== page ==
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Re: specification for form sumission

From: Martin Duerst <duerst@w3.org>
Date: Wed, 20 Feb 2002 08:47:14 +0900
Message-Id: <4.2.0.58.J.20020220083128.00a87eb8@localhost>
To: ftang@netscape.com (Yung-Fong Tang), www-international <www-international@w3.org>, Katsuhiko Momoi <momoi@netscape.com>, Bob Jung <bobj@netscape.com>
Hello Frank,

At 08:50 02/02/19 -0800, Yung-Fong Tang wrote:
>I wonder is there a w3c specification address the following issue:

In summary, no, but XForms should provide it. Please review
the XForms WD, at http://www.w3.org/TR/xforms/, in last call
until the end of this week.


>Background:
>All HTML could encoded with a charset, either by labeled by HTTP header or 
>HTML meta tag. When the browser submit the form data to the server, for 
>backward compatability reason, we should send the data in the url escaped 
>form of the form charset.

Yes, this is what the spec says, and what (reasonably newer) browsers do.


>However, since it is possible to put any unicode data into the text feild, 
>what should the browser do when the data it need to submit cannot be 
>convert to the charset of the form html.
>
>I observed/heard about the following behavior:
>1. prohibit the input, copy and paste of any characters which cannot be 
>convert to the charset- Netscape 4.x did that. So there are no way to put 
>Korean characters into ISO-8859-1 form. In this case, what you see is what 
>you submit.

This is most straightforward. Presumably, the CGI (or whatever) working
in iso-8859-1, and sending it anything else will get it confused.
This (plus 3 maybe) is probably what I would do.


>2. replace characters cannot be submit to '?' (N6.2 do that)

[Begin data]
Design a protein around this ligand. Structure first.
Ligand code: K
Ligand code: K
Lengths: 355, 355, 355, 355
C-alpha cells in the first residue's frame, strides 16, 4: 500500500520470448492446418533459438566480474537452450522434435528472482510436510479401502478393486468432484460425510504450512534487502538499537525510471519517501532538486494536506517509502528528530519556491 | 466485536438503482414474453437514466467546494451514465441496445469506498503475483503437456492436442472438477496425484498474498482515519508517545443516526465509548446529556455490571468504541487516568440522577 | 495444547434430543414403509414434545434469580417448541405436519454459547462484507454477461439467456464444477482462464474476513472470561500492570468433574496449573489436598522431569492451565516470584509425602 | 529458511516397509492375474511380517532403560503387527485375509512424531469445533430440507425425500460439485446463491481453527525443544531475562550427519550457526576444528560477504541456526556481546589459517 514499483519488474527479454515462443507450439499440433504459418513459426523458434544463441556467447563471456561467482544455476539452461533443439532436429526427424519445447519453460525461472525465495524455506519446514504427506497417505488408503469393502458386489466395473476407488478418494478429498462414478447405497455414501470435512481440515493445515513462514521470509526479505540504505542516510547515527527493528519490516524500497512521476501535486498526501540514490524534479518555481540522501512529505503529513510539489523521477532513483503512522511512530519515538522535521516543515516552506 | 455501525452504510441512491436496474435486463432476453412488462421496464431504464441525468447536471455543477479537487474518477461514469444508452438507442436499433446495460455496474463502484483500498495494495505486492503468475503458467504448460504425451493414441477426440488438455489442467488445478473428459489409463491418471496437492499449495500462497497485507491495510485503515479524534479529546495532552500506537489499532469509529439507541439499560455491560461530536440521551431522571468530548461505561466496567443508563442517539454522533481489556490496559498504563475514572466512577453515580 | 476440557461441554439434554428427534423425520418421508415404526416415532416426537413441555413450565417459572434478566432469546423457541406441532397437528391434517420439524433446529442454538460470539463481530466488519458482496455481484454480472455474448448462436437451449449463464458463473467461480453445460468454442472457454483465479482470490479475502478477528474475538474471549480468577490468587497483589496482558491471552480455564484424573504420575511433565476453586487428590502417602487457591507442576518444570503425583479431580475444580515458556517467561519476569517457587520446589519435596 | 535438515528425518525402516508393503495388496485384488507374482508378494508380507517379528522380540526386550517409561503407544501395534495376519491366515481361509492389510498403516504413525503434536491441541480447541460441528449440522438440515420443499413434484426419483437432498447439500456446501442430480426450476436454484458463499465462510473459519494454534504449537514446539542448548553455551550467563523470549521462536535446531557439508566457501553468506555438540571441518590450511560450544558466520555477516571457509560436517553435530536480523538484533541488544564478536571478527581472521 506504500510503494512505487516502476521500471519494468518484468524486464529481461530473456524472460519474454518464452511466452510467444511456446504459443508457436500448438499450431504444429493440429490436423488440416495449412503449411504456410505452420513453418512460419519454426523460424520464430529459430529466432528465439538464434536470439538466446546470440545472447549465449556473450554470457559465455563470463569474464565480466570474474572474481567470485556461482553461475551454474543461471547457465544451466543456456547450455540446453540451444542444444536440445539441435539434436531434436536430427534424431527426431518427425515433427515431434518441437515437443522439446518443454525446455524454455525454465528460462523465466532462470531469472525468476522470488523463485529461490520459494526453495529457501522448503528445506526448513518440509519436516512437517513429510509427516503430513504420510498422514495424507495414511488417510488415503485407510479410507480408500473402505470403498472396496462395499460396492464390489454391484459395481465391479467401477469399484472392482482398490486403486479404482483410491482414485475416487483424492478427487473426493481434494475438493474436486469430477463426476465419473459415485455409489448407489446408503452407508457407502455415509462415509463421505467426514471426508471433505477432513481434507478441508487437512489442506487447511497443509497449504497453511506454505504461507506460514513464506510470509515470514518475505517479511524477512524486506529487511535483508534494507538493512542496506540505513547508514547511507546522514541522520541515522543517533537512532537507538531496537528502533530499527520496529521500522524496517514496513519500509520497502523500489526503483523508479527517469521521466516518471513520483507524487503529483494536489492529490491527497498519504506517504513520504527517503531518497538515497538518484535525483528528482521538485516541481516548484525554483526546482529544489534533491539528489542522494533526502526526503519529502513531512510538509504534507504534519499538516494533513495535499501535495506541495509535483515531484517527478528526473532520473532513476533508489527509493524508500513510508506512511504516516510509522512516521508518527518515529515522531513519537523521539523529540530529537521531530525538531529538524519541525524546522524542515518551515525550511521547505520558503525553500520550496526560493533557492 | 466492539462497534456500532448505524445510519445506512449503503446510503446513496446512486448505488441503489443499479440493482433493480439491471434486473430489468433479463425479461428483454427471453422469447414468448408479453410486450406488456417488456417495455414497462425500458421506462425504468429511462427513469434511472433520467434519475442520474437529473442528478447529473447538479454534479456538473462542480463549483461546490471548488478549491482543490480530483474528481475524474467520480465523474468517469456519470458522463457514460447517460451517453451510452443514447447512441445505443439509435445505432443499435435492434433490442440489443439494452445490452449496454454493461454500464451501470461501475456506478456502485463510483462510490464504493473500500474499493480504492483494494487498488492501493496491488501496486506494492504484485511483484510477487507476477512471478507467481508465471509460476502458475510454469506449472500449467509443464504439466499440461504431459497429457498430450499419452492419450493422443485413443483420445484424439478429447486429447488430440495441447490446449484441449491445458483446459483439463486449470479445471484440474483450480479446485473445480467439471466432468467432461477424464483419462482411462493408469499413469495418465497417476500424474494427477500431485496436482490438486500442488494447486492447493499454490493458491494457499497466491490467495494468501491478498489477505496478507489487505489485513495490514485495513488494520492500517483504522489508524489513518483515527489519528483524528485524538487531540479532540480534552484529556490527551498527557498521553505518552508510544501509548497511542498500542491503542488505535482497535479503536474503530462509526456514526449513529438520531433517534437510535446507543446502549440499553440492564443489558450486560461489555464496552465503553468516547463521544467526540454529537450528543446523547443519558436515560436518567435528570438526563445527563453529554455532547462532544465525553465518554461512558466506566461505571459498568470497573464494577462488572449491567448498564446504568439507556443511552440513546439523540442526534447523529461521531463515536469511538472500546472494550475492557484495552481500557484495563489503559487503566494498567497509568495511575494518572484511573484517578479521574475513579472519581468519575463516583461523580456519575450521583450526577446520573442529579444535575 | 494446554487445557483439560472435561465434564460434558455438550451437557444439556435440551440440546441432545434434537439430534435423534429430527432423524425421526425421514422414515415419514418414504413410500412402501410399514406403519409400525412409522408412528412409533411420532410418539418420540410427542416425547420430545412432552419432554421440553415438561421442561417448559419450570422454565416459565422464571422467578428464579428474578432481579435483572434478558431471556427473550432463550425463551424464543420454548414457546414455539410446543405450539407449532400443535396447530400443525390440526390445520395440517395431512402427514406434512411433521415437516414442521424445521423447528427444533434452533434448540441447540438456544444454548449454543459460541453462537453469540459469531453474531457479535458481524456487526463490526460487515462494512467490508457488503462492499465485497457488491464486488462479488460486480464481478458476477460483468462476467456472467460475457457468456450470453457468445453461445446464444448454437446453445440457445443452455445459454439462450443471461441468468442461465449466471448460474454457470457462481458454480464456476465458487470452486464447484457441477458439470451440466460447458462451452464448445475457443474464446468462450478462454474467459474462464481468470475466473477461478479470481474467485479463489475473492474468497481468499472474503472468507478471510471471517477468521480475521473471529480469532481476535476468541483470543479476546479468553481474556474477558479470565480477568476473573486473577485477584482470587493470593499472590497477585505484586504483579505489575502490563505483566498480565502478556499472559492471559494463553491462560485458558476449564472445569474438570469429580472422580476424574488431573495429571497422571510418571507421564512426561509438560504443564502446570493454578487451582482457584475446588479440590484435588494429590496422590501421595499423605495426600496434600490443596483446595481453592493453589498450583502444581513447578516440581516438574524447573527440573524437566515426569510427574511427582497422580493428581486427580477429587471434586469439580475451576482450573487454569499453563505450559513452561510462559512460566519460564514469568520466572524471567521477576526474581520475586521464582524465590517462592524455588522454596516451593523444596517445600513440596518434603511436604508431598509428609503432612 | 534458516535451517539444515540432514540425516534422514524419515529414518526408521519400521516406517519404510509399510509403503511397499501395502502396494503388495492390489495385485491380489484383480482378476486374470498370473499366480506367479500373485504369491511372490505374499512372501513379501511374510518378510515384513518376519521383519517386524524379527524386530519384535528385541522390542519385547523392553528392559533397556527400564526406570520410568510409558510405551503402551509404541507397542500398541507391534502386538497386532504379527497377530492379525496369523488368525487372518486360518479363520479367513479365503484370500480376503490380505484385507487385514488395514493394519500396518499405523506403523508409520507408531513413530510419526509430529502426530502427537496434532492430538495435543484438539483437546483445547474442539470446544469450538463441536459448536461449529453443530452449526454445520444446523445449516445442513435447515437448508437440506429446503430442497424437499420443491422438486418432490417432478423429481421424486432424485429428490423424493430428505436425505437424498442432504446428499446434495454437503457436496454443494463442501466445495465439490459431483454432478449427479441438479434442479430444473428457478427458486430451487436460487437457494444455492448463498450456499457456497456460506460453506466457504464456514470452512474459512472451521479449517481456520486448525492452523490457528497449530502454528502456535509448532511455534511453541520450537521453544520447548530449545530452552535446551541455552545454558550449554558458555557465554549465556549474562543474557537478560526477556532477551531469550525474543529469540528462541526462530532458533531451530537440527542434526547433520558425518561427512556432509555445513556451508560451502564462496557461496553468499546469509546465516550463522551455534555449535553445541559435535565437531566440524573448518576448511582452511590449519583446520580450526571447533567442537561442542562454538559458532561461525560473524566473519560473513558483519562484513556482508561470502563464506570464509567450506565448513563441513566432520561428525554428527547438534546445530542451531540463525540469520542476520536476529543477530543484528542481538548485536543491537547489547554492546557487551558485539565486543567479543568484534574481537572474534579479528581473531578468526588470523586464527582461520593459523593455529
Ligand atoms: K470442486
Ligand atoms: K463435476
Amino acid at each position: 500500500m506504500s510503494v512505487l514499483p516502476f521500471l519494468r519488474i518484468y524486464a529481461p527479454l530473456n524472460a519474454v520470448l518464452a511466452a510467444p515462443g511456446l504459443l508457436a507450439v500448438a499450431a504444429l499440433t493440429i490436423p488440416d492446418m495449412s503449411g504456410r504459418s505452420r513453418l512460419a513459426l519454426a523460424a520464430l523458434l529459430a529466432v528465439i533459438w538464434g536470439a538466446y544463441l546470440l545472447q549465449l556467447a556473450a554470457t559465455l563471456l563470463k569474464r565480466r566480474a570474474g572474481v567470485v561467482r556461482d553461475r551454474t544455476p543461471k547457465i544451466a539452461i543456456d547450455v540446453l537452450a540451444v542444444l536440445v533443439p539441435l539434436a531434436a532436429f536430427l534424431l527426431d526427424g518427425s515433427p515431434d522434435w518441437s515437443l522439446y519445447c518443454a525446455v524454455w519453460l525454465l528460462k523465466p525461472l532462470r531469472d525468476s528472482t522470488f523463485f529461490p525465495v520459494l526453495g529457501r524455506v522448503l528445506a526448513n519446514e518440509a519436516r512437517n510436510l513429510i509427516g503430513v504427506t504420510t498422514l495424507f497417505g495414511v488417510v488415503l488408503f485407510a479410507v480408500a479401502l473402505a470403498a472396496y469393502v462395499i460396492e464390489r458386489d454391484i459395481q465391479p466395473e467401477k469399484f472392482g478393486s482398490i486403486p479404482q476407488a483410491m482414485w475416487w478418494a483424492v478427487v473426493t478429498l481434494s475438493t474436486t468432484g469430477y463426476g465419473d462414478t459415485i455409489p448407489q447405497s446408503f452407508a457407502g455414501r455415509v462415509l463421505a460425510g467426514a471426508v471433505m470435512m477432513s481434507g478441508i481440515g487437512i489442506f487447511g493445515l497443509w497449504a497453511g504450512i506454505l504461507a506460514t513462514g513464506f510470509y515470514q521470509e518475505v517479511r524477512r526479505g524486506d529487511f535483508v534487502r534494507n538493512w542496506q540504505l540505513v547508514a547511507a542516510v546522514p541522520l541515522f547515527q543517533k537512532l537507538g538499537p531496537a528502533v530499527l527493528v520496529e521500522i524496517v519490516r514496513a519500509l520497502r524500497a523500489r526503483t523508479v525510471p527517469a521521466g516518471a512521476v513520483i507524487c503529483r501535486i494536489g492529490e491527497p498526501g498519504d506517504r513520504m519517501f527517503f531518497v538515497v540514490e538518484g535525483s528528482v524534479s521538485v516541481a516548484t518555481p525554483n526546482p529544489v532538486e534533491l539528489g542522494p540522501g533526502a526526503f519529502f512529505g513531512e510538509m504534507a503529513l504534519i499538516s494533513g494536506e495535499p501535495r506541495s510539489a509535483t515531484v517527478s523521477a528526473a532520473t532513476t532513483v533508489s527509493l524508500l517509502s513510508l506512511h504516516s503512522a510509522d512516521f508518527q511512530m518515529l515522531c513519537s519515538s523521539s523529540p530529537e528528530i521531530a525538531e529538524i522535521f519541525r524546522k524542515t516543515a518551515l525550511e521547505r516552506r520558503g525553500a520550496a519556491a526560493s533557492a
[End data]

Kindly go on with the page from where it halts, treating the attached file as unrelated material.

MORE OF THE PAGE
Not such a good idea; the user things she submitted actual
characters, but they didn't get across. Imagine ordering
something, and typing in your address, and being billed, but
never getting anything because the post office cannot route
a package to ?????.


>3. if there are ACCEPT_CHARSET specified in the HTML form , try to convert 
>to different charset. (HTML 4.x say something about this). However, it 
>will be very bad if one value is in one charset and the other is in a 
>different one.

The original assumption for ACCEPT_CHARSET was that all browsers would
use it, so the server would always only see a single encoding. However,
uptake on ACCEPT_CHARSET was very slow; I actually don't know positively
about any browser where it is implemented. The only way I would suggest
it might be used now is:
- Only use it with a value of UTF-8.
- Only use it if you have server logic that allows to distinguish between
   UTF-8 and the encoding of the page.
On the browser side, implementing ACCEPT_CHARSET is not a bad idea,
because if the form is using it, you are okay to assume that the
server can deal with what it's asking for.


>4. try to convert to UTF-8 if that happen. Same issue as above, we don't 
>want to see one value in one charset and the other one in a different one.

Well, UTF-8 can be distinguished from other encodings quite easily,
but you have no guarantee that the server will be able to deal with
UTF-8, so it's better not to send UTF-8.


>5. convert it to the form charset, and for those character cannot be 
>converted, conver it to NCR &#12345; and then % escaped (the IE6 on my 
>WinXP do that)

So that would be %26%2312345%3B, or something else? How do you know that
the server is able to deal with this?


Regards,    Martin.
Received on Tuesday, 19 February 2002 19:02:22 GMT

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